According to the Guidance Update, when the staff observes a Summary Section that is long, dense, and complex and does not, in fact, appear to summarize a fund’s principal investment strategies and risks, the staff will remind the fund that the Summary Section is intended to summarize the key information that is important to an investment decision, with more detailed information presented elsewhere. Further, when a fund substantially duplicates its disclosure, the staff will remind the fund that information need not be duplicated.

  • Plain English Requirements

The prospectus disclosure requirements are intended to elicit information for “an average or typical investor who may not be sophisticated in legal or financial matters.” As such, the Summary Section must be written in plain English[6] and the information must be presented in a clear, concise, and understandable manner.[7]

Notwithstanding these requirements, the Guidance Update reports that the staff continues to observe the use of technical terms that are not explained in plain English and the use of unnecessary defined terms, long, compound sentences, and long, dense paragraphs that the staff believes may be difficult for investors to read. Failure to follow the plain English requirements undermines the usefulness of the Summary Section, and, thus, the Summary Prospectus. The Guidance Update reminds funds to revisit their disclosures in light of these requirements.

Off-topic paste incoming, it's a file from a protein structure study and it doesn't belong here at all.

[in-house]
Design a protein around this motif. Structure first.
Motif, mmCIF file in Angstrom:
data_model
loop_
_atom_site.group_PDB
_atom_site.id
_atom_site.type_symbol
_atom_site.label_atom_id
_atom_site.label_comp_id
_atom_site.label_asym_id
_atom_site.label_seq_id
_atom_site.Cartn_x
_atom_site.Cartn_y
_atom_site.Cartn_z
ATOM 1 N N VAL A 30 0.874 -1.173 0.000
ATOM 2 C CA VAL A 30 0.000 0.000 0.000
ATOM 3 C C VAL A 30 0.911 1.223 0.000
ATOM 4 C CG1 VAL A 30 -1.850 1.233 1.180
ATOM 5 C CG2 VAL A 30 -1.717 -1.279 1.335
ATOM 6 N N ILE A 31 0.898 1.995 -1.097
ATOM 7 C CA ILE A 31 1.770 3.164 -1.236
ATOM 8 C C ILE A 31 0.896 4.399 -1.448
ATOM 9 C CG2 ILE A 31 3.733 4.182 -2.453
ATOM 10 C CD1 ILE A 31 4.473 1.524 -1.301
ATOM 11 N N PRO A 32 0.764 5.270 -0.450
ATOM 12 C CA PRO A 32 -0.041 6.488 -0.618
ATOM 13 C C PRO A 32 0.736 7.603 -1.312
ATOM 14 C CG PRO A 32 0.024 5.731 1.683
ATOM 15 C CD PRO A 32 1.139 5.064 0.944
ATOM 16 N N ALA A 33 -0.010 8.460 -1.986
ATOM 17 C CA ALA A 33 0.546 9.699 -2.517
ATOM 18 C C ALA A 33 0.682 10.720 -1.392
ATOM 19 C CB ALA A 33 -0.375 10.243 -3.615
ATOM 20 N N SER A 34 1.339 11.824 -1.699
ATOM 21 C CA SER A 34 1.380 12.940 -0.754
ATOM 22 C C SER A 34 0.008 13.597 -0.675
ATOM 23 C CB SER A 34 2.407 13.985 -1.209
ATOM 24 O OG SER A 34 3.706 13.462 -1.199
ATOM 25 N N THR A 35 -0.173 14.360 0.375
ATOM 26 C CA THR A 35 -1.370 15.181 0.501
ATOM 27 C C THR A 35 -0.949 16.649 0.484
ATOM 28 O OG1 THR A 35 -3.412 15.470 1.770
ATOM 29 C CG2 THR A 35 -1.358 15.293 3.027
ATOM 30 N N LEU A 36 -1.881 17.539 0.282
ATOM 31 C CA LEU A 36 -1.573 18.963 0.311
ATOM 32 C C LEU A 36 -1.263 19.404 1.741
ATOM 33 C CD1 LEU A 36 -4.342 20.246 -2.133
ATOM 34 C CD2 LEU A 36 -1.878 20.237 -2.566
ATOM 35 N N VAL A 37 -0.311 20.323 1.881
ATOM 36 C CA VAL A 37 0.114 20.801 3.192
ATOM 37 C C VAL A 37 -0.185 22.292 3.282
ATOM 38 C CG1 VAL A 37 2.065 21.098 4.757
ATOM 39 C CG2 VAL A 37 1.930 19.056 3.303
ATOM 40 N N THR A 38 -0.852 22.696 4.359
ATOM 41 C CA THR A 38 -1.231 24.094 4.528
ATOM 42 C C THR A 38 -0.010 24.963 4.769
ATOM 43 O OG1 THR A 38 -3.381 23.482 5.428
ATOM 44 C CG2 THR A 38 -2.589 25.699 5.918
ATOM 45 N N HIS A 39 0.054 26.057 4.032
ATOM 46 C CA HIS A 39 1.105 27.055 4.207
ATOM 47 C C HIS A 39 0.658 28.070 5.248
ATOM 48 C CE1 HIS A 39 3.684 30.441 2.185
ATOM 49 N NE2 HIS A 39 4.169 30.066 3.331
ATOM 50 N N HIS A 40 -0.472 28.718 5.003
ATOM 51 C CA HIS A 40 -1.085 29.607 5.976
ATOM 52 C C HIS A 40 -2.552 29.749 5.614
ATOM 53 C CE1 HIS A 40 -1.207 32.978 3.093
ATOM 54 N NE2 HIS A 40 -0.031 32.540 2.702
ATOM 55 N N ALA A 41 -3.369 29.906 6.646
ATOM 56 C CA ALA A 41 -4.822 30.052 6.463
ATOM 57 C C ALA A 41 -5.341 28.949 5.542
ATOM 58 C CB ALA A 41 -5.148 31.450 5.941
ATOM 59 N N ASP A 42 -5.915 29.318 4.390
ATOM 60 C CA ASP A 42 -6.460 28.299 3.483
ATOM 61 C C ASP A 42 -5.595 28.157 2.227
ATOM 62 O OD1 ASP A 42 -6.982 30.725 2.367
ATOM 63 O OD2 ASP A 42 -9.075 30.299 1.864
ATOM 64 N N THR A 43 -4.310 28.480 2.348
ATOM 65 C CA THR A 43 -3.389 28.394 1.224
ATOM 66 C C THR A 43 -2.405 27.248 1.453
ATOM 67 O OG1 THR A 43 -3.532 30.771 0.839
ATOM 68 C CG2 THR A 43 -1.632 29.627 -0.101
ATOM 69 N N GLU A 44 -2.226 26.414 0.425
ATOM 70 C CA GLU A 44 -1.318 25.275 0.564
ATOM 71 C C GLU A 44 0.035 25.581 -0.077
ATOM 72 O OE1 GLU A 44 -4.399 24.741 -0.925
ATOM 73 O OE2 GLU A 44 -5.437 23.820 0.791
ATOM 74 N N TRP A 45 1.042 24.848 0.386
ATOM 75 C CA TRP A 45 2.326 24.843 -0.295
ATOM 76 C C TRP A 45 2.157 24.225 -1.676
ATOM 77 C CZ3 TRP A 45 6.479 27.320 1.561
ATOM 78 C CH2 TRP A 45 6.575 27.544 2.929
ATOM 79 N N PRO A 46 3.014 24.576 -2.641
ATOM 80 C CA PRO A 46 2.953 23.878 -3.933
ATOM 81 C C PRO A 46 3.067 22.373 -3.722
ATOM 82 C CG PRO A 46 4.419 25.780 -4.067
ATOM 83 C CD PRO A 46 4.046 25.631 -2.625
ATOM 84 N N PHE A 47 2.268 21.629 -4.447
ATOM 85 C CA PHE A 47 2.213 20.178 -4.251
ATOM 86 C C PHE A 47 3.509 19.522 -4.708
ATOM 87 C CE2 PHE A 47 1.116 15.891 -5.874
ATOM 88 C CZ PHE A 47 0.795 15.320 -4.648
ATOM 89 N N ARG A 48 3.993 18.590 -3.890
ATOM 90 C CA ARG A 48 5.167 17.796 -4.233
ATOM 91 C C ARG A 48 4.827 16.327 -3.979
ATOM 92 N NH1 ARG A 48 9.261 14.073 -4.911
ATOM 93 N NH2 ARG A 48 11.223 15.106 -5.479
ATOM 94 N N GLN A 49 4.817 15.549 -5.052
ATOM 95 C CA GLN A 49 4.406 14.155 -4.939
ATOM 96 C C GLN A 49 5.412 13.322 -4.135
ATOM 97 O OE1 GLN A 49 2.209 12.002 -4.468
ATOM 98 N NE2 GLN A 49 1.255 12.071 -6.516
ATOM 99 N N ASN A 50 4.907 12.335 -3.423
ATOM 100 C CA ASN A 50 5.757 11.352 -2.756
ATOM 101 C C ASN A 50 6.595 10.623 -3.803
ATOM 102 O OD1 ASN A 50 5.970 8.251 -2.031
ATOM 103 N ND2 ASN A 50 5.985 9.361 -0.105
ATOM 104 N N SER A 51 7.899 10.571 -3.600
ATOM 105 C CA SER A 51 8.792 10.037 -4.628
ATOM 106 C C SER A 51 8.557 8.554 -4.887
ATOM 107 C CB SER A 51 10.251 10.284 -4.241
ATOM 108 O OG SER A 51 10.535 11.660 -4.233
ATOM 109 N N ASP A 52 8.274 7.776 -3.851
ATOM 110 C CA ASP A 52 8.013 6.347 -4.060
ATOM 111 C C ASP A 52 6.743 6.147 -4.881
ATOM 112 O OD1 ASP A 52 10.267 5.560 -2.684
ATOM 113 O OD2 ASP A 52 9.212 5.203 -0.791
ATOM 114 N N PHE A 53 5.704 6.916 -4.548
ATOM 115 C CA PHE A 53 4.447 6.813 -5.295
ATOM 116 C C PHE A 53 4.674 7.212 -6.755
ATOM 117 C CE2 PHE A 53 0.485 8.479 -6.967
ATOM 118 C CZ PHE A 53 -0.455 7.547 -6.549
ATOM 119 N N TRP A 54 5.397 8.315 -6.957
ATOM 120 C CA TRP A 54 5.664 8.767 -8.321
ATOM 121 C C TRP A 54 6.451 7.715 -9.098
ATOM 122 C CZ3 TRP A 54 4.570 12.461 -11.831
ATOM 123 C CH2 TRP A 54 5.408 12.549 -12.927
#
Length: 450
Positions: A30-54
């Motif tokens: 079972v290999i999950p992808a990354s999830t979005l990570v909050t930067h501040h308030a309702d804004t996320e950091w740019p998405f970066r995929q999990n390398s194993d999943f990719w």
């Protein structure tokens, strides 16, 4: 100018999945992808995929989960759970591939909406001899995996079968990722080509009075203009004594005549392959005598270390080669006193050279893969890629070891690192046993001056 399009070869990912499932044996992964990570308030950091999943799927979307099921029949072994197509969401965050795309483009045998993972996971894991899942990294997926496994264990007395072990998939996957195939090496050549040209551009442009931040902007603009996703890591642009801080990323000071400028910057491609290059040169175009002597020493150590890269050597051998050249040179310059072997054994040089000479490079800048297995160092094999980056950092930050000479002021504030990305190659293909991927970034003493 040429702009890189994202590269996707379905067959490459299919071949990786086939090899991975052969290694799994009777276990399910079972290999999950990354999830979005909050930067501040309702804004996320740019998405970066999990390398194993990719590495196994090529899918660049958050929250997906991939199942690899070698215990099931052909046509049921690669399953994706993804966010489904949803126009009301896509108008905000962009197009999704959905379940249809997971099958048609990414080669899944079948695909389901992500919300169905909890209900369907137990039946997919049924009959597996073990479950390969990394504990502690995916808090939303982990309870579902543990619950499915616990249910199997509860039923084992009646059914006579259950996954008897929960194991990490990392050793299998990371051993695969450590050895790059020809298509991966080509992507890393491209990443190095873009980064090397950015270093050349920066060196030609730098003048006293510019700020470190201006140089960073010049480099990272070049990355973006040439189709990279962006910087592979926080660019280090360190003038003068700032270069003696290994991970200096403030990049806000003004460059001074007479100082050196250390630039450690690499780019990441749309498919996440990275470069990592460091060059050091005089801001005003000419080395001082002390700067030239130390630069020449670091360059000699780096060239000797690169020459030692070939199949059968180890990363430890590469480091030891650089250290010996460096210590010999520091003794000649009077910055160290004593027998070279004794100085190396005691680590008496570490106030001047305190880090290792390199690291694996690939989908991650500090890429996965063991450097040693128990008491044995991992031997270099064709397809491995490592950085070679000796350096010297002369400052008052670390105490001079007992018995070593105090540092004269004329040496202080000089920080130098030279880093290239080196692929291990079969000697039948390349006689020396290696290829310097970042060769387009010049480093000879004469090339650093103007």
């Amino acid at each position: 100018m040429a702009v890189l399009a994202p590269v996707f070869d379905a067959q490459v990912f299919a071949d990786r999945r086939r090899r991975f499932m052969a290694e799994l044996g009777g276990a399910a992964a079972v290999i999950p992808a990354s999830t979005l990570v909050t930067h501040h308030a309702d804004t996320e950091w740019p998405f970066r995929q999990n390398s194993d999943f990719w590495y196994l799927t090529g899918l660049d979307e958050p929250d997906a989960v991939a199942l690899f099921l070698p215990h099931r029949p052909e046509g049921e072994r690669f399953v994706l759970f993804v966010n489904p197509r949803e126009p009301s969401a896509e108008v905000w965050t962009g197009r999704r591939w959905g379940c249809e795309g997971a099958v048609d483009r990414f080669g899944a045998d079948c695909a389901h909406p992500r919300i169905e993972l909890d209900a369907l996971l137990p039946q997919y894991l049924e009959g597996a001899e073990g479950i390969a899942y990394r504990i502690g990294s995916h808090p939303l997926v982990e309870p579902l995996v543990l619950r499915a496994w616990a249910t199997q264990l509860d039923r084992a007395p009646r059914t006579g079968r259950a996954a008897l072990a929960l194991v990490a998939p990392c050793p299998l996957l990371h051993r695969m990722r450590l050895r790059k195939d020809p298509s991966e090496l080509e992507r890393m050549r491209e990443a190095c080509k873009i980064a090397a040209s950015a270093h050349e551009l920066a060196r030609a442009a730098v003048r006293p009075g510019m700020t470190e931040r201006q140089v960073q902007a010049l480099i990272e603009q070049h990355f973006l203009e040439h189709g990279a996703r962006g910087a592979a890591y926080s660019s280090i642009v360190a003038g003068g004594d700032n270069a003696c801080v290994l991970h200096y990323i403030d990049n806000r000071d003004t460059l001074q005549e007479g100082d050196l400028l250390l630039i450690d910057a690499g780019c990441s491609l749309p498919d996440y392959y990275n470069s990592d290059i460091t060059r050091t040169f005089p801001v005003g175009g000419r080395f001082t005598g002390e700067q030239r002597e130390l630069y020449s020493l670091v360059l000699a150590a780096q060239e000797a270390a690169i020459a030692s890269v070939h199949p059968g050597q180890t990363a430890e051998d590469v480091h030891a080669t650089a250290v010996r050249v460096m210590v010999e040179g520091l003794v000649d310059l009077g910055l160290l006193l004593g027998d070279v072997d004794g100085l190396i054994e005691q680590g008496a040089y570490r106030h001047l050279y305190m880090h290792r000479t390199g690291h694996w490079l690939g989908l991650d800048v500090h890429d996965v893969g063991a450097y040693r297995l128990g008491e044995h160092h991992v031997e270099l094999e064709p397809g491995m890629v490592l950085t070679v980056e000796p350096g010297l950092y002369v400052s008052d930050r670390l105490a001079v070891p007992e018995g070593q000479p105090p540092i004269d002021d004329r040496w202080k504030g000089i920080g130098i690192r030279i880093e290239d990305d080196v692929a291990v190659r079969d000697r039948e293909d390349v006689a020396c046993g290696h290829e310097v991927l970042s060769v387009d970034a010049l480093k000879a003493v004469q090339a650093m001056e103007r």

• Summary Section Must Only Include Required or Permitted Information

Form N-1A provides that the Summary Section may not include disclosure other than that required or permitted by the Form.[8] The Guidance Update reports that the staff closely scrutinizes the disclosure in the Summary Section and will comment that information included, but not required or permitted, should be moved out of the Summary Section. As an example, to streamline the disclosure and foster comparison between funds, the staff assesses whether information in the footnotes to the Fee Table is permitted or required. As another example, the staff often comments about the inclusion of purchase and sale information that is neither permitted nor required to appear in the Summary Section, which generally requires a fund to disclose its minimum initial or subsequent investment requirements, that the fund’s shares are redeemable, and briefly identify the procedures for redeeming shares. The Guidance Update reminds funds to include only information in the Summary Section that is either permitted or required by Form N-1A.